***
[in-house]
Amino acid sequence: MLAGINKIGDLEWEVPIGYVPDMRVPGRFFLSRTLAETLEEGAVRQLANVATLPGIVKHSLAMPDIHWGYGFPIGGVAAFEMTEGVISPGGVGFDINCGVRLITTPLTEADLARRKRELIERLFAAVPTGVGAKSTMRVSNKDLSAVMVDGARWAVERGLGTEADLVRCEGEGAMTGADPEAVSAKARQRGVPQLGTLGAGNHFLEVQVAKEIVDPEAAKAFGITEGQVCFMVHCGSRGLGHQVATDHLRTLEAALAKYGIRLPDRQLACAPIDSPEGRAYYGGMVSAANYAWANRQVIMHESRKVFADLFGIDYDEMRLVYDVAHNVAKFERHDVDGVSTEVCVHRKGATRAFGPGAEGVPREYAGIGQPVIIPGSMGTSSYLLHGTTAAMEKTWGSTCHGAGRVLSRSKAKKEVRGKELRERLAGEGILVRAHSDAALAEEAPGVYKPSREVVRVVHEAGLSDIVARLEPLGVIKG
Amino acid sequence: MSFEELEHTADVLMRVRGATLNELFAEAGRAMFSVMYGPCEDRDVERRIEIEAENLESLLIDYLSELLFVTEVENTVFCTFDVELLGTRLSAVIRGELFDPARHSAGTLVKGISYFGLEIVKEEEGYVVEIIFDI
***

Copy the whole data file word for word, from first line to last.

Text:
[in-house]
Amino acid sequence: MLAGINKIGDLEWEVPIGYVPDMRVPGRFFLSRTLAETLEEGAVRQLANVATLPGIVKHSLAMPDIHWGYGFPIGGVAAFEMTEGVISPGGVGFDINCGVRLITTPLTEADLARRKRELIERLFAAVPTGVGAKSTMRVSNKDLSAVMVDGARWAVERGLGTEADLVRCEGEGAMTGADPEAVSAKARQRGVPQLGTLGAGNHFLEVQVAKEIVDPEAAKAFGITEGQVCFMVHCGSRGLGHQVATDHLRTLEAALAKYGIRLPDRQLACAPIDSPEGRAYYGGMVSAANYAWANRQVIMHESRKVFADLFGIDYDEMRLVYDVAHNVAKFERHDVDGVSTEVCVHRKGATRAFGPGAEGVPREYAGIGQPVIIPGSMGTSSYLLHGTTAAMEKTWGSTCHGAGRVLSRSKAKKEVRGKELRERLAGEGILVRAHSDAALAEEAPGVYKPSREVVRVVHEAGLSDIVARLEPLGVIKG
Amino acid sequence: MSFEELEHTADVLMRVRGATLNELFAEAGRAMFSVMYGPCEDRDVERRIEIEAENLESLLIDYLSELLFVTEVENTVFCTFDVELLGTRLSAVIRGELFDPARHSAGTLVKGISYFGLEIVKEEEGYVVEIIFDI